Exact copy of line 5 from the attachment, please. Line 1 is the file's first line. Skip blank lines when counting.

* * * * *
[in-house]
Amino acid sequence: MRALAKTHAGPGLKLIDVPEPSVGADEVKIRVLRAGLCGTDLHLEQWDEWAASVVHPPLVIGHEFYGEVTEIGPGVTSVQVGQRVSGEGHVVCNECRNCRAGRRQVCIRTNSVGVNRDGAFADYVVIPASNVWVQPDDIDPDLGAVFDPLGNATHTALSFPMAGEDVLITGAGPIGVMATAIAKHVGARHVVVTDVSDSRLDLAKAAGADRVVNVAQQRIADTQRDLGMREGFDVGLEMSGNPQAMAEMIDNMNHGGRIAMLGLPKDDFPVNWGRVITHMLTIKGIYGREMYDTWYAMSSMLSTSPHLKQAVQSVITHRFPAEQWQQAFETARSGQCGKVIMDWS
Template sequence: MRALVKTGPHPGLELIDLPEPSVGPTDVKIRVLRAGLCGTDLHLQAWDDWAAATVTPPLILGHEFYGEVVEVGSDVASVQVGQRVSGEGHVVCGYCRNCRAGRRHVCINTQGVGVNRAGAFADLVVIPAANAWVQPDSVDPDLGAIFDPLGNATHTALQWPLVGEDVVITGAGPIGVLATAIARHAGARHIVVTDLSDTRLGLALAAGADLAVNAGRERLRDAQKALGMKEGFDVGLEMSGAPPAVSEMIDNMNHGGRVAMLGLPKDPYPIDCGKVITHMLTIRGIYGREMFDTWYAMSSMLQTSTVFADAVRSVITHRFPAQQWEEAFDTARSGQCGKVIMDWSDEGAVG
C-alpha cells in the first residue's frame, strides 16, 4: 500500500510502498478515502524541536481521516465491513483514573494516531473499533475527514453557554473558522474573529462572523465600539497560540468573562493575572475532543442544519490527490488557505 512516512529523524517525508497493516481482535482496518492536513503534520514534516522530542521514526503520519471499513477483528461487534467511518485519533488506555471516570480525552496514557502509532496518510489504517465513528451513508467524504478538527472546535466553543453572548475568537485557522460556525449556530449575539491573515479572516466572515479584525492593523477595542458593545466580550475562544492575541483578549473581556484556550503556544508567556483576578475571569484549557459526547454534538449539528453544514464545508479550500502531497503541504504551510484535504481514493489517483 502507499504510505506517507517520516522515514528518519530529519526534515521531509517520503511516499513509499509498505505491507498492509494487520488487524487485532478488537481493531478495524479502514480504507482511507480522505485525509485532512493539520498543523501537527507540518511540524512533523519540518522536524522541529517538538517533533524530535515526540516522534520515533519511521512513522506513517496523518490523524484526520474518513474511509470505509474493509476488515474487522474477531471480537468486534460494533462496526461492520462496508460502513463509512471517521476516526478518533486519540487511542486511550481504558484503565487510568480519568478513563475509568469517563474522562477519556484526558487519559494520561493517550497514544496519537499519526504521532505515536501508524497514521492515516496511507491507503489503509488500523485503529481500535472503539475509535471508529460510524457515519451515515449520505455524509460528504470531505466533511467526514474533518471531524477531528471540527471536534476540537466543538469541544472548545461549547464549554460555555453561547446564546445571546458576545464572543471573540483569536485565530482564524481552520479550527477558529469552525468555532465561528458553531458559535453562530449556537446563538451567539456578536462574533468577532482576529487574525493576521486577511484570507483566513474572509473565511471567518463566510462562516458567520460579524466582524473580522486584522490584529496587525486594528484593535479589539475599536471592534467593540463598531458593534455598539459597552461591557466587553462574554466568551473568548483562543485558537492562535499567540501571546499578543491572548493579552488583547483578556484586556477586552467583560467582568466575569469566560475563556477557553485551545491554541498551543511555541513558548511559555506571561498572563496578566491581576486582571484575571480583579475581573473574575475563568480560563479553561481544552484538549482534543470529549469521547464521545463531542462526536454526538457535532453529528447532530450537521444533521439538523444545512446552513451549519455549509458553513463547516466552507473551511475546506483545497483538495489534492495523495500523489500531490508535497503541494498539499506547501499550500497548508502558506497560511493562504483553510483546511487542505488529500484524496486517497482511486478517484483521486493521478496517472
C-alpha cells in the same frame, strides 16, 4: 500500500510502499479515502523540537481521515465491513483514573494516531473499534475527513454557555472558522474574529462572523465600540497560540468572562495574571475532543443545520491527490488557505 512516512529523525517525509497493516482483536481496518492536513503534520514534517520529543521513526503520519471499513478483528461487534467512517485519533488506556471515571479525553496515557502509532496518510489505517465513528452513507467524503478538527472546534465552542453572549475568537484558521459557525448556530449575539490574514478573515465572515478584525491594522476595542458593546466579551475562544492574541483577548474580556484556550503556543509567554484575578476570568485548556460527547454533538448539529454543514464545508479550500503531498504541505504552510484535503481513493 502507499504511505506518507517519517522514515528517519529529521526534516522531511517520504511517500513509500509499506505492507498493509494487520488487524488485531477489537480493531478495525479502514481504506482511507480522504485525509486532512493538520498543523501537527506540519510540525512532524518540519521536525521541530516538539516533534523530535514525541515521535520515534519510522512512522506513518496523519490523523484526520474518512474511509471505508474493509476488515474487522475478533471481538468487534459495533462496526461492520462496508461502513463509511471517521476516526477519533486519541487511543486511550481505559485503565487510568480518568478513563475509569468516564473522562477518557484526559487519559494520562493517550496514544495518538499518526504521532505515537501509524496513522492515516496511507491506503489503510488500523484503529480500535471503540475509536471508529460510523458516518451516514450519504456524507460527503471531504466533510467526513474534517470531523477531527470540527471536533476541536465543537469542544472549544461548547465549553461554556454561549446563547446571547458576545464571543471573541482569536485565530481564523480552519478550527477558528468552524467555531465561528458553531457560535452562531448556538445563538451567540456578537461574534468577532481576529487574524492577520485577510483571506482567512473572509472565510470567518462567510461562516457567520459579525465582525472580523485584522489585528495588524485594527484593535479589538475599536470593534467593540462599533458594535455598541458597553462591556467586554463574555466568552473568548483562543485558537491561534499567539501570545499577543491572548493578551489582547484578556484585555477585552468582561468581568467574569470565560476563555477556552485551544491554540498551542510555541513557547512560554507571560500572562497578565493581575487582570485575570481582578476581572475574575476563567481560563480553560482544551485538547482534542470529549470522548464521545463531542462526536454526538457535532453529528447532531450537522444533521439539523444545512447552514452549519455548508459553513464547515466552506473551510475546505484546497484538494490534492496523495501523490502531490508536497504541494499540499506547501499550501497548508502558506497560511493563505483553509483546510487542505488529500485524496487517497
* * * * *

C-alpha cells in the same frame, strides 16, 4: 500500500510502499479515502523540537481521515465491513483514573494516531473499534475527513454557555472558522474574529462572523465600540497560540468572562495574571475532543443545520491527490488557505 512516512529523525517525509497493516482483536481496518492536513503534520514534517520529543521513526503520519471499513478483528461487534467512517485519533488506556471515571479525553496515557502509532496518510489505517465513528452513507467524503478538527472546534465552542453572549475568537484558521459557525448556530449575539490574514478573515465572515478584525491594522476595542458593546466579551475562544492574541483577548474580556484556550503556543509567554484575578476570568485548556460527547454533538448539529454543514464545508479550500503531498504541505504552510484535503481513493 502507499504511505506518507517519517522514515528517519529529521526534516522531511517520504511517500513509500509499506505492507498493509494487520488487524488485531477489537480493531478495525479502514481504506482511507480522504485525509486532512493538520498543523501537527506540519510540525512532524518540519521536525521541530516538539516533534523530535514525541515521535520515534519510522512512522506513518496523519490523523484526520474518512474511509471505508474493509476488515474487522475478533471481538468487534459495533462496526461492520462496508461502513463509511471517521476516526477519533486519541487511543486511550481505559485503565487510568480518568478513563475509569468516564473522562477518557484526559487519559494520562493517550496514544495518538499518526504521532505515537501509524496513522492515516496511507491506503489503510488500523484503529480500535471503540475509536471508529460510523458516518451516514450519504456524507460527503471531504466533510467526513474534517470531523477531527470540527471536533476541536465543537469542544472549544461548547465549553461554556454561549446563547446571547458576545464571543471573541482569536485565530481564523480552519478550527477558528468552524467555531465561528458553531457560535452562531448556538445563538451567540456578537461574534468577532481576529487574524492577520485577510483571506482567512473572509472565510470567518462567510461562516457567520459579525465582525472580523485584522489585528495588524485594527484593535479589538475599536470593534467593540462599533458594535455598541458597553462591556467586554463574555466568552473568548483562543485558537491561534499567539501570545499577543491572548493578551489582547484578556484585555477585552468582561468581568467574569470565560476563555477556552485551544491554540498551542510555541513557547512560554507571560500572562497578565493581575487582570485575570481582578476581572475574575476563567481560563480553560482544551485538547482534542470529549470522548464521545463531542462526536454526538457535532453529528447532531450537522444533521439539523444545512447552514452549519455548508459553513464547515466552506473551510475546505484546497484538494490534492496523495501523490502531490508536497504541494499540499506547501499550501497548508502558506497560511493563505483553509483546510487542505488529500485524496487517497